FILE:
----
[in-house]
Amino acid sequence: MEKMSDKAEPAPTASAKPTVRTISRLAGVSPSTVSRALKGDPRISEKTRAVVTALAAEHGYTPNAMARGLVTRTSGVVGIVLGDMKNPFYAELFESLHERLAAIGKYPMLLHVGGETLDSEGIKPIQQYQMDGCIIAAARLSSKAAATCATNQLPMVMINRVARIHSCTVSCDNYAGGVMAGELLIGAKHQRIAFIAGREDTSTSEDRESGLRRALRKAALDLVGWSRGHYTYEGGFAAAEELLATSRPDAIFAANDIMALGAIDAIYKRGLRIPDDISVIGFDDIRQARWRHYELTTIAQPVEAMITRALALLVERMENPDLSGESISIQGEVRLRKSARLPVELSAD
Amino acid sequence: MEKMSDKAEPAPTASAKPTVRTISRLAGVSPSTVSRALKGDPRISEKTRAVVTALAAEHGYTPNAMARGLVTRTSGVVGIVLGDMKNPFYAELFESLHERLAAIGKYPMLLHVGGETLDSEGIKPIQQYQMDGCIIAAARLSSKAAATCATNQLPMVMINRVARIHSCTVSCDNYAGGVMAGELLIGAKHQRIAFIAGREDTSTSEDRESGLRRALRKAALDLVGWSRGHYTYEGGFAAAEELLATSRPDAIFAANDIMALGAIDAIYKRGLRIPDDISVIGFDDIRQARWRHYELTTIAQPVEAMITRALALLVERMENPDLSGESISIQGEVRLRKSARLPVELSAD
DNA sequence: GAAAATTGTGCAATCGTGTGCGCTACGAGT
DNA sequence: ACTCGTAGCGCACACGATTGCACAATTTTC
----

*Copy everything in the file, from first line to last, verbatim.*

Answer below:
[in-house]
Amino acid sequence: MEKMSDKAEPAPTASAKPTVRTISRLAGVSPSTVSRALKGDPRISEKTRAVVTALAAEHGYTPNAMARGLVTRTSGVVGIVLGDMKNPFYAELFESLHERLAAIGKYPMLLHVGGETLDSEGIKPIQQYQMDGCIIAAARLSSKAAATCATNQLPMVMINRVARIHSCTVSCDNYAGGVMAGELLIGAKHQRIAFIAGREDTSTSEDRESGLRRALRKAALDLVGWSRGHYTYEGGFAAAEELLATSRPDAIFAANDIMALGAIDAIYKRGLRIPDDISVIGFDDIRQARWRHYELTTIAQPVEAMITRALALLVERMENPDLSGESISIQGEVRLRKSARLPVELSAD
Amino acid sequence: MEKMSDKAEPAPTASAKPTVRTISRLAGVSPSTVSRALKGDPRISEKTRAVVTALAAEHGYTPNAMARGLVTRTSGVVGIVLGDMKNPFYAELFESLHERLAAIGKYPMLLHVGGETLDSEGIKPIQQYQMDGCIIAAARLSSKAAATCATNQLPMVMINRVARIHSCTVSCDNYAGGVMAGELLIGAKHQRIAFIAGREDTSTSEDRESGLRRALRKAALDLVGWSRGHYTYEGGFAAAEELLATSRPDAIFAANDIMALGAIDAIYKRGLRIPDDISVIGFDDIRQARWRHYELTTIAQPVEAMITRALALLVERMENPDLSGESISIQGEVRLRKSARLPVELSAD
DNA sequence: GAAAATTGTGCAATCGTGTGCGCTACGAGT
DNA sequence: ACTCGTAGCGCACACGATTGCACAATTTTC